Based on the title, I though Andy Stanley’s book, Next Generation Leader, was going to be focused on young leaders and the challenges that they will face in the future of ministry. I was considering the book for one of you core au ...more
I appreciated this book. It was short enough to not be cumbersome or wordy and still gave time to share a couple of stories within the various chapters. I think Andy is a great communicator and it comes through in his writing and makes this an enjoyable read.
Now, if you are a leader and have devoted any time to reading from ...more
On my list of all-time great truths is Stanley's encouragement: "Only do what only you can do."
When Stanley described his distaste for party planning, I knew exactly how he felt. I too have struggled with this very issue. If I hate a task, I tend to think everyone else hates doing it as well. So I continue to do it, not wanting to burden someone else. It always shocks me to discov ...more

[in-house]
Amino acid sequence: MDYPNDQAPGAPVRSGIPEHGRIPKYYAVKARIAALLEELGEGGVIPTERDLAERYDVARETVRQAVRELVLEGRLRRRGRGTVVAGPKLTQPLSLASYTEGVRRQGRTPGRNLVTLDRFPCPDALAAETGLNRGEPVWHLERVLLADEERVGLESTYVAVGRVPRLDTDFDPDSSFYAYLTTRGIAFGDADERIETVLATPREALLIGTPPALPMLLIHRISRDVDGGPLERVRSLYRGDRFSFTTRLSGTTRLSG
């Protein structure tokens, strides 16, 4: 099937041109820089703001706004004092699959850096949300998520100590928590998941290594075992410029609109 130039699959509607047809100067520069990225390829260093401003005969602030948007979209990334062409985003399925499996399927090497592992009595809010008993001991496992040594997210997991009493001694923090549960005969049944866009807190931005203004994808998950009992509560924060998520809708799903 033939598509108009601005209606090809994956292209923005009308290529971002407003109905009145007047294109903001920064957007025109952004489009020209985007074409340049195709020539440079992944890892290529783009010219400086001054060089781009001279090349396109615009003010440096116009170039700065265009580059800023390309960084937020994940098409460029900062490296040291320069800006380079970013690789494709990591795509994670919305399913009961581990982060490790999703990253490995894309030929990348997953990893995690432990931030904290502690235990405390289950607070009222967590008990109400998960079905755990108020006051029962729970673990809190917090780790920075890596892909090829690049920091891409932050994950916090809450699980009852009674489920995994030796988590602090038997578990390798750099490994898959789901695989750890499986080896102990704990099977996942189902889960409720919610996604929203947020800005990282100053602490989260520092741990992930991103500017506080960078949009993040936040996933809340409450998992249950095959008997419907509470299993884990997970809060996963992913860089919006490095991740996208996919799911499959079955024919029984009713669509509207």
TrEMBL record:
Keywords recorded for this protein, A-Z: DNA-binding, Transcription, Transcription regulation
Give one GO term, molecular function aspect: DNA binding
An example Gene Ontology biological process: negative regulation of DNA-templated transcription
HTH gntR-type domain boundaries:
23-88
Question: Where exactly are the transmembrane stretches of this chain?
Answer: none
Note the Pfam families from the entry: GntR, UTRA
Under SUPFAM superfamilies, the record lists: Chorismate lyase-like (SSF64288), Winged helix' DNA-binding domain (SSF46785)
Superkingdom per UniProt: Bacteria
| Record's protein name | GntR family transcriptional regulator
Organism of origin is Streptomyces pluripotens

All in all, a g ...more
The guy knows more about leadership than anyone I'm aware of.
Just got done listening to his leadership podcast too.
Check it out here:
And try to ignore the fact that the last three numbers in that link are 666. Andy is not the Anti-christ. There. I said it.
Anyway, I feel like if I can master the idea of doing less to accomplish more my life and ministry will take a quantum leap forward.
Soak up a ...more
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Admitting a weakness is a sign of strength. Acknowledging weakness doesn’t make a leader less effective.
Everybody in your organization benefits when you delegate responsibilities that fall outside your core competency. Thoughtful delegation will allow someone else in your organization to shine. Your weakness is someone’s opportunity.
Leadership is not always about getting things done “right.” Leadership is about getting things done through other people.
The people who follow us are exactly where we have led them. If there is no one to whom we can delegate, it is our own fault.
As a leader, gifted by God to do a few things well, it is not right for you to attempt to do everything. Upgrade your performance by playing to your strengths and delegating your weaknesses.
There are many things I can do, but I have to narrow it down to the one thing I must do. The secret of concentration is elimination.
Devoting a little of yourself to everything means committing a great deal of yourself to nothing.
My competence in these areas defines my success as a pastor.